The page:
The Declining Price of Oil

by lizard

I had a request in the comments to write about oil, specifically the new world emerging from the new reality that we will supposedly never see $100 dollar barrels of oil ever again. At least that’s what the Saudis are saying:

Speaking to his favorite money-honey, billionaire Saudi Prince Alwaleed bin Talal told Maria Bartiromo that the negative impact of a 50% decline in oil has been wide and deep. As USA Today reports, the prince of the Saudi royal family said that while he disagrees with the government on most aspects, he agreed with their decision on keeping production where it is, adding that “if supply stays where it is, and demand remains weak, you better believe it is gonna go down more. I’m sure we’re never going to see $100 anymore… oil above $100 is artificial. It’s not correct.” On the theory that the US and the Saudis have agreed to keep prices low to pressure Russia, the prince exclaimed, that is “baloney and rubbish,” adding that, “Saudi Arabia and Russia are in bed together here… both being hurt simultaneously.

In Montana, the inevitable next step of boom/bust is knocking on the door. Will our legislators acknowledge the new reality? Ochenski points a cautionary finger at Sweetwater, Texas, in his column on Monday:

One of the major issues being considered by the newly seated Montana Legislature is spending millions of public tax dollars on new infrastructure to meet the demands of the oil and gas boom in the Bakken formation. But as Sweetwater, Texas, just found out, not all the big promises of oil and gas booms come true.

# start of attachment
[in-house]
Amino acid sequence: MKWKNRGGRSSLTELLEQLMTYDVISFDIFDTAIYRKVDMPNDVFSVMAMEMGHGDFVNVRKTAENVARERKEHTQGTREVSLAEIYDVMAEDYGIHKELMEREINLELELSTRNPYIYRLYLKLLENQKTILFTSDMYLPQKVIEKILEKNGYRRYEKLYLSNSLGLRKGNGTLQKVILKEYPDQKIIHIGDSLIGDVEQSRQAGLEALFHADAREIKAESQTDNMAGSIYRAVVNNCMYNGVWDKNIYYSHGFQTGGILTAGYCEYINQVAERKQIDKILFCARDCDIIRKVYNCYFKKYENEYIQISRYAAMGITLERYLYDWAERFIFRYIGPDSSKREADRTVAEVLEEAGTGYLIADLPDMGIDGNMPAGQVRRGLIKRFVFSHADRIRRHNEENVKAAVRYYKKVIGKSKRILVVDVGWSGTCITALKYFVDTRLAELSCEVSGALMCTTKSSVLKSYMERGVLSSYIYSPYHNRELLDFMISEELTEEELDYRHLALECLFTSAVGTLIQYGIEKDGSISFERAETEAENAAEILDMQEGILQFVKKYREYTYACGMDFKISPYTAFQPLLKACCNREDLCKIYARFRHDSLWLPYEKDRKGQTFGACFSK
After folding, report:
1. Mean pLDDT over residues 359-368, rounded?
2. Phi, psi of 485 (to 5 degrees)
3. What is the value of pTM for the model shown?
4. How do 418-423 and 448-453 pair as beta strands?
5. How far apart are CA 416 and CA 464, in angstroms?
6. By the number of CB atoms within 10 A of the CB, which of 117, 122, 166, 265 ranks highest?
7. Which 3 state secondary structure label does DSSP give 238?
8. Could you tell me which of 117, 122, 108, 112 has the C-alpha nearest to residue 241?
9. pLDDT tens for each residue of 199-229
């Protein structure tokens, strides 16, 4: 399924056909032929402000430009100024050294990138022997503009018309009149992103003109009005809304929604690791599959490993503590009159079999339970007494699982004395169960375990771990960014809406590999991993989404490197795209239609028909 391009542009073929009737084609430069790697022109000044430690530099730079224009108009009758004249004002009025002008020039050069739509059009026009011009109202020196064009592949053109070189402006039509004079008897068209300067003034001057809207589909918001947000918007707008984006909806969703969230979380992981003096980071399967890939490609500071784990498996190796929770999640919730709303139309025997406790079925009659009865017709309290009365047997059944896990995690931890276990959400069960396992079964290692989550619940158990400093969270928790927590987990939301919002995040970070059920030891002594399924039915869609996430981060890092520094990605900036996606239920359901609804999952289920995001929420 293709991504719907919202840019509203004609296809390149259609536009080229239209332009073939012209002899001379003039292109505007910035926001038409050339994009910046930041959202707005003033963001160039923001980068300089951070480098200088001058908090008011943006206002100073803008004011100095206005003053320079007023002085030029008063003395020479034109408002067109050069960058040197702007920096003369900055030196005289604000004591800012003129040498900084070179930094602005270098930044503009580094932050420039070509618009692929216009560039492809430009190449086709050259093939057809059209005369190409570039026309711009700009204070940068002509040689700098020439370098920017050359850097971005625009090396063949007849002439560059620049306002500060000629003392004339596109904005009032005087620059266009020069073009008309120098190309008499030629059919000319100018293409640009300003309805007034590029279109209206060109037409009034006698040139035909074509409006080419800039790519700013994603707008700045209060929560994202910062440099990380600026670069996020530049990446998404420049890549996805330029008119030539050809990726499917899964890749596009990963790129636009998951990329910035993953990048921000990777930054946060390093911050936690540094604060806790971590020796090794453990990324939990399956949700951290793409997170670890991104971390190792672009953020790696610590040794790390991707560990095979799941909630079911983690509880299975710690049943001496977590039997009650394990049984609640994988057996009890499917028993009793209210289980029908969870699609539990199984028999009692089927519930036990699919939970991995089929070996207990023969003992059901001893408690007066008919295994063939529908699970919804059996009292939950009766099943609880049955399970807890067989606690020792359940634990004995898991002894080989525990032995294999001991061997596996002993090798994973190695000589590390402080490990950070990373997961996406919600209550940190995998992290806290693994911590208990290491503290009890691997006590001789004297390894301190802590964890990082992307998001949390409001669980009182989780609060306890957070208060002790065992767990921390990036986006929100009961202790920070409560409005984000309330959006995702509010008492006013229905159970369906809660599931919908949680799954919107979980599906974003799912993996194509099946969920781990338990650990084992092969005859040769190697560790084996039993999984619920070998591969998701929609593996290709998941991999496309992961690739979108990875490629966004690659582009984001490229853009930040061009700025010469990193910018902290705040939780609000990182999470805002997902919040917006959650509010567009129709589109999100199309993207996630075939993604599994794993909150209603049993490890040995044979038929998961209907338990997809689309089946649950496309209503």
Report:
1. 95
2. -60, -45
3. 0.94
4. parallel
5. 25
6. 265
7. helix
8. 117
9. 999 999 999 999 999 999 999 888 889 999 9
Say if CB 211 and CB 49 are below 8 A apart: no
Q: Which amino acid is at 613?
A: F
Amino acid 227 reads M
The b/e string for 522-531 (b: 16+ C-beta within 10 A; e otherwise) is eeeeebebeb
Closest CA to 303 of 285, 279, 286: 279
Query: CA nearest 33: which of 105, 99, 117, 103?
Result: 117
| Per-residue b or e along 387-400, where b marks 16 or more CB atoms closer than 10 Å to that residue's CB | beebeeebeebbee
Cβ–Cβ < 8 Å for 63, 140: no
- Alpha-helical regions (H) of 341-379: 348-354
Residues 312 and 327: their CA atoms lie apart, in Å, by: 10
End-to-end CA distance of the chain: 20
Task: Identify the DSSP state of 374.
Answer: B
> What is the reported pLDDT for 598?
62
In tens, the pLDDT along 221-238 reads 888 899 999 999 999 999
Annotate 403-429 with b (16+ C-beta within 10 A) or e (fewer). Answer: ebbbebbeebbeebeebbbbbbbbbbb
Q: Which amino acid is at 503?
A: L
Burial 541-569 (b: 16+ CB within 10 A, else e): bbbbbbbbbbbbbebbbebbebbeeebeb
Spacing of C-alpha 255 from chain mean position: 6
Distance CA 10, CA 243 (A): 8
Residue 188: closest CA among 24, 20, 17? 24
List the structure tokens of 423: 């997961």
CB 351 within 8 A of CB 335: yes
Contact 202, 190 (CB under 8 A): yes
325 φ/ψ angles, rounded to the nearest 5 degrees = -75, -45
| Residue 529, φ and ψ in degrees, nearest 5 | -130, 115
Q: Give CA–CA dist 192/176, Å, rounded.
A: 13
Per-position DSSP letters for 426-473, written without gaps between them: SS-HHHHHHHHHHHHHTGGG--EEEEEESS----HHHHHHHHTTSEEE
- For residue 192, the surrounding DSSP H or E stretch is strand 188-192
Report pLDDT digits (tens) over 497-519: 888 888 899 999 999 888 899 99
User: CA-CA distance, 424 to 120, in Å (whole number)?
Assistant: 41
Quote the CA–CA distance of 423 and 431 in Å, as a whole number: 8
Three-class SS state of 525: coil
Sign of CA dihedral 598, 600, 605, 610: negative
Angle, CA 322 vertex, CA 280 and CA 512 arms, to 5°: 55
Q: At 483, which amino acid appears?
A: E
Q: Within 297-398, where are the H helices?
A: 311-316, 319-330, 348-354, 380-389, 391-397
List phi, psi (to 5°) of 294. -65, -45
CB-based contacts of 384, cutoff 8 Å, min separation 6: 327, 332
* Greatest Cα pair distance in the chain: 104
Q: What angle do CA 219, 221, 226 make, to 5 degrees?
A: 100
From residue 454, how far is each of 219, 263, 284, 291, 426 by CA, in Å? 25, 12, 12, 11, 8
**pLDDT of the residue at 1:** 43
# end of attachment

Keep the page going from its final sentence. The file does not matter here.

As noted in an Associated Press article titled “City that prepared for oil boom now waits for bust,” Sweetwater, Texas, “envisioned becoming a major player in the hydraulic-fracturing boom, thanks to its location atop the Cline Shale, once estimated to be the nation’s largest underground petroleum formation.” Thus, “expecting a huge influx of oil workers, local leaders spent tens of millions of dollars to improve the courthouse, build a new law-enforcement center and upgrade the hospital. Hotels, truck stops and housing subdivisions were to follow, all catering to truck drivers and roughnecks.”

If that sounds familiar, it’s not by coincidence. That’s the scenario now being faced as “man camps” spring up on the Northern Plains, bringing all the attendant problems caused by a flood of in-migrants seeking high-paying oilfield jobs.

But as noted in the AP article, “those ambitions are fading fast as the plummeting price of oil causes investors to pull back, cutting off the projects that were supposed to pay for a bright new future. Now the town of 11,000 awaits layoffs and budget cuts and defers its dreams.”

Spending a bunch of money on infrastructure amid the collapse of oil prices is increasingly appearing short-sighted and idiotic. Same goes for pushing through the Keystone XL pipeline. Oh, and then there’s derivatives. Ochenski points that out as well:

Second, there is an enormous sum of money currently held in oil derivatives by Wall Street’s largest banks and investment firms. As precious metals expert David Morgan explained in an article in Market Analysis last week, “the amount of debt that is carried by the fracking industry at large is about double what the sub-prime was in the real estate fiasco in 2008. In summary, we’re looking at an explosion in potential that is greater than the sub-prime market of 2008 because, number one, oil and energy are the most important sectors out there. Number two, the derivative exposure is at least double what it was in 2008. Number three, the banking sector is really more fragile … and we have less ability to weather the storm.”

While the Saudis maintain the notion that oil prices are being used as an economic weapon against Russia is baloney, the effect on Russia is undeniable: